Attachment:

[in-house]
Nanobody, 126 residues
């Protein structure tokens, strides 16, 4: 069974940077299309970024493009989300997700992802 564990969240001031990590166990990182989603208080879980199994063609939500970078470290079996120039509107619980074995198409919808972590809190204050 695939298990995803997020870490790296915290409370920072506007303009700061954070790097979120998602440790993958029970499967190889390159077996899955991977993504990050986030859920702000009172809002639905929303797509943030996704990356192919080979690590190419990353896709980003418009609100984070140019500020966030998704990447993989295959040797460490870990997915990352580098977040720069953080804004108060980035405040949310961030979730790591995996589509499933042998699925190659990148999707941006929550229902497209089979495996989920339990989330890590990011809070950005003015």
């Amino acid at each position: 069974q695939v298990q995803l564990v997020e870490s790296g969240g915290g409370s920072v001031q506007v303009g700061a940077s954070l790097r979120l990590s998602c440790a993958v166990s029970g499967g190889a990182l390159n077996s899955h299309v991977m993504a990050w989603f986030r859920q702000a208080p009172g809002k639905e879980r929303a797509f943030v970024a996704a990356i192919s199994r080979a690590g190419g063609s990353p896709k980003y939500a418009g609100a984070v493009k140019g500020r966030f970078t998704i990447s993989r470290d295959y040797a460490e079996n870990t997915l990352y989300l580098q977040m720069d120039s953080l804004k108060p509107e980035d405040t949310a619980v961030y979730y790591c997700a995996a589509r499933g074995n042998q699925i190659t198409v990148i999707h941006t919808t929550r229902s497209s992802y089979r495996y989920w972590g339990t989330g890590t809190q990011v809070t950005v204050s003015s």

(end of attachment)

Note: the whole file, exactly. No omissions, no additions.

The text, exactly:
[in-house]
Nanobody, 126 residues
């Protein structure tokens, strides 16, 4: 069974940077299309970024493009989300997700992802 564990969240001031990590166990990182989603208080879980199994063609939500970078470290079996120039509107619980074995198409919808972590809190204050 695939298990995803997020870490790296915290409370920072506007303009700061954070790097979120998602440790993958029970499967190889390159077996899955991977993504990050986030859920702000009172809002639905929303797509943030996704990356192919080979690590190419990353896709980003418009609100984070140019500020966030998704990447993989295959040797460490870990997915990352580098977040720069953080804004108060980035405040949310961030979730790591995996589509499933042998699925190659990148999707941006929550229902497209089979495996989920339990989330890590990011809070950005003015």
């Amino acid at each position: 069974q695939v298990q995803l564990v997020e870490s790296g969240g915290g409370s920072v001031q506007v303009g700061a940077s954070l790097r979120l990590s998602c440790a993958v166990s029970g499967g190889a990182l390159n077996s899955h299309v991977m993504a990050w989603f986030r859920q702000a208080p009172g809002k639905e879980r929303a797509f943030v970024a996704a990356i192919s199994r080979a690590g190419g063609s990353p896709k980003y939500a418009g609100a984070v493009k140019g500020r966030f970078t998704i990447s993989r470290d295959y040797a460490e079996n870990t997915l990352y989300l580098q977040m720069d120039s953080l804004k108060p509107e980035d405040t949310a619980v961030y979730y790591c997700a995996a589509r499933g074995n042998q699925i190659t198409v990148i999707h941006t919808t929550r229902s497209s992802y089979r495996y989920w972590g339990t989330g890590t809190q990011v809070t950005v204050s003015s």